'Chota' dose of fun

THE YEAR was 1984. Children and adults flocked to the theatres to watch a spectacle - the country's first 3-D film titled "My Dear Kuttichathan". The escapades of two children and a genie that were told in a riveting style using the technique of creating an illusion of three dimensional vision, conquered the box-office at that time. The film was released in Malayalam, Tamil and Hindi (as "Chota Chetan".)

Subsequently, the veteran Malayalam producer M.C. Punnoose better known as Appachan, decided to re-release the film in Hindi with some new scenes involving Urmila Matondkar, Shakti Kapoor, Ravi Baswani and Harish. It was released in the North last year and it has just hit the Southern screen now.

What made the original version unique and entertaining were the stunning special effects. "Chota Chetan" is a fantasy tale woven round Lakshmi, Raju, Chintu and the friendly spirit, Chetan. The three kids give in to curiosity and enter an abandoned bungalow. They accidentally release the imprisoned spirit, which takes the form of a boy.

What follows are some fun-filled moments for the children (both in the film and in the audience). The three kids and one spirit walk on walls, scare the living daylights out of their cruel teacher, overtake their mean schoolmate's car on the cycle- rickshaw and drench themselves in a rain of chocolates - all thanks to the magical touch of Chetan. He even cures Lakshmi's father of alcoholism.

It is at this point that director Jijo adds a contemporary twist to the old tale. Urmila Matondkar makes her appearance as a magician. She is a tantrik's daughter whose evil-minded assistant steals Chetan, the spirit, to unearth a hidden treasure. With the help of Ravi and Harish, Urmila goes in search of Chetan.

The film, despite being made nearly 15 years ago, still spells magic. The evergreen theme of goods vs. evil with children as the protagonists simply charmed the masses then and continues to do so even now. When a spear heads your way or a frizbee flies at you, it is indeed a chilling and thrilling experience.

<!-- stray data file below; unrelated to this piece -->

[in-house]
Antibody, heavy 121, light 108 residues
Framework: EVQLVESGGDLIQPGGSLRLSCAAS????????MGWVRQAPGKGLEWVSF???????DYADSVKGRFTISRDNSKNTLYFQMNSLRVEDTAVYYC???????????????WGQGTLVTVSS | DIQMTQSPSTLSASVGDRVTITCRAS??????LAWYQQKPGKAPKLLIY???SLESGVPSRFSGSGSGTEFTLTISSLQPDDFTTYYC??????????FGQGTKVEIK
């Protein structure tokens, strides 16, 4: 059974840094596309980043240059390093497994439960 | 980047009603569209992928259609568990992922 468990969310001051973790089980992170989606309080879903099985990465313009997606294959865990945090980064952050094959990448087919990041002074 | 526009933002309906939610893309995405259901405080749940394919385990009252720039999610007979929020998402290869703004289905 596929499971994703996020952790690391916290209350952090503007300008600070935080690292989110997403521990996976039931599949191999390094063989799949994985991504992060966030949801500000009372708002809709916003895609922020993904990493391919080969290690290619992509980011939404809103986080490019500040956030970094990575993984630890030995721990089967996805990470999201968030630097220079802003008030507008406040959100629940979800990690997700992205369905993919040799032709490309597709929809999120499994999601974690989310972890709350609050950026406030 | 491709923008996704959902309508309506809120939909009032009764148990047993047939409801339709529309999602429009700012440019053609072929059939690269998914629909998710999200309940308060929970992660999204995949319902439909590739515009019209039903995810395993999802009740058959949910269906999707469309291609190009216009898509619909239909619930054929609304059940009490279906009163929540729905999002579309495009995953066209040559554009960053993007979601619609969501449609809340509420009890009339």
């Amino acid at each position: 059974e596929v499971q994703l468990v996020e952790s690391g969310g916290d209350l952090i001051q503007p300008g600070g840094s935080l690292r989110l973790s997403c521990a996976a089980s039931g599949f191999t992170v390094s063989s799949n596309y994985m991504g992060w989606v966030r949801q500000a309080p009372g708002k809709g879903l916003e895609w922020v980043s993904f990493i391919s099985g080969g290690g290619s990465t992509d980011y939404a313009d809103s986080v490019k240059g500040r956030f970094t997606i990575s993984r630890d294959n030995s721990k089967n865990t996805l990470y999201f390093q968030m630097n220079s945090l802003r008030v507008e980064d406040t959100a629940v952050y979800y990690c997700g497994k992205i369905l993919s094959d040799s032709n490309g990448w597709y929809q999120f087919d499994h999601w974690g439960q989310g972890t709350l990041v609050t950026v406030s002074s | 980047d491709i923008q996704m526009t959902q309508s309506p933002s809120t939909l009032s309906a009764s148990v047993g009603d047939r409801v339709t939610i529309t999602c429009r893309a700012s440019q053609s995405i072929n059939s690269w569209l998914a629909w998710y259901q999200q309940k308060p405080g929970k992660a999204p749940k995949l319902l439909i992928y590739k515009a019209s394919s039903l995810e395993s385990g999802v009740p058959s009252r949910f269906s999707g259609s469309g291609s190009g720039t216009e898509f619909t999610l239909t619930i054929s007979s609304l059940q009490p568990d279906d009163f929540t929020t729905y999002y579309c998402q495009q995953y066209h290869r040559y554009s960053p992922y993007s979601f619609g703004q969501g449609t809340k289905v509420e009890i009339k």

Another fresh feature is the soundtrack by Anu Malik with a couple of songs such as "Ek Jaadu Honewala" (Shankar Mahadevan) and "Jo tum kaho kar doon mein" (Anuradha Sriram, picturised on Urmila).

But the 3-D technique itself has not been a favourite with filmmakers both in India and abroad. Appachan feels "this could be because of the labour-intensive process. To begin with, a special lens is required. Also, we need a special screen and glasses. Each pair of specs cost nearly Rs. 25. The whole process is time-consuming."

The technique of 3-D, also known as stereoscopic cinema, became popular in the 1950s when the television boom was threatening the film industry in Hollywood. "Bwana Devil" was released in 1952 and this was followed by a spate of films from most studio majors. Even Alfred Hitchcock shot "Dial M For Murder" in 3-D, but never released it in that form.

Research is still on to perfect this medium and the system of holography that remained unexplored, is now being tapped to produce technically superior 3-D films.

Perhaps, this could lead to more films in that genre. But only time will tell whether the 3-D technique will surface once again to enthrall masses!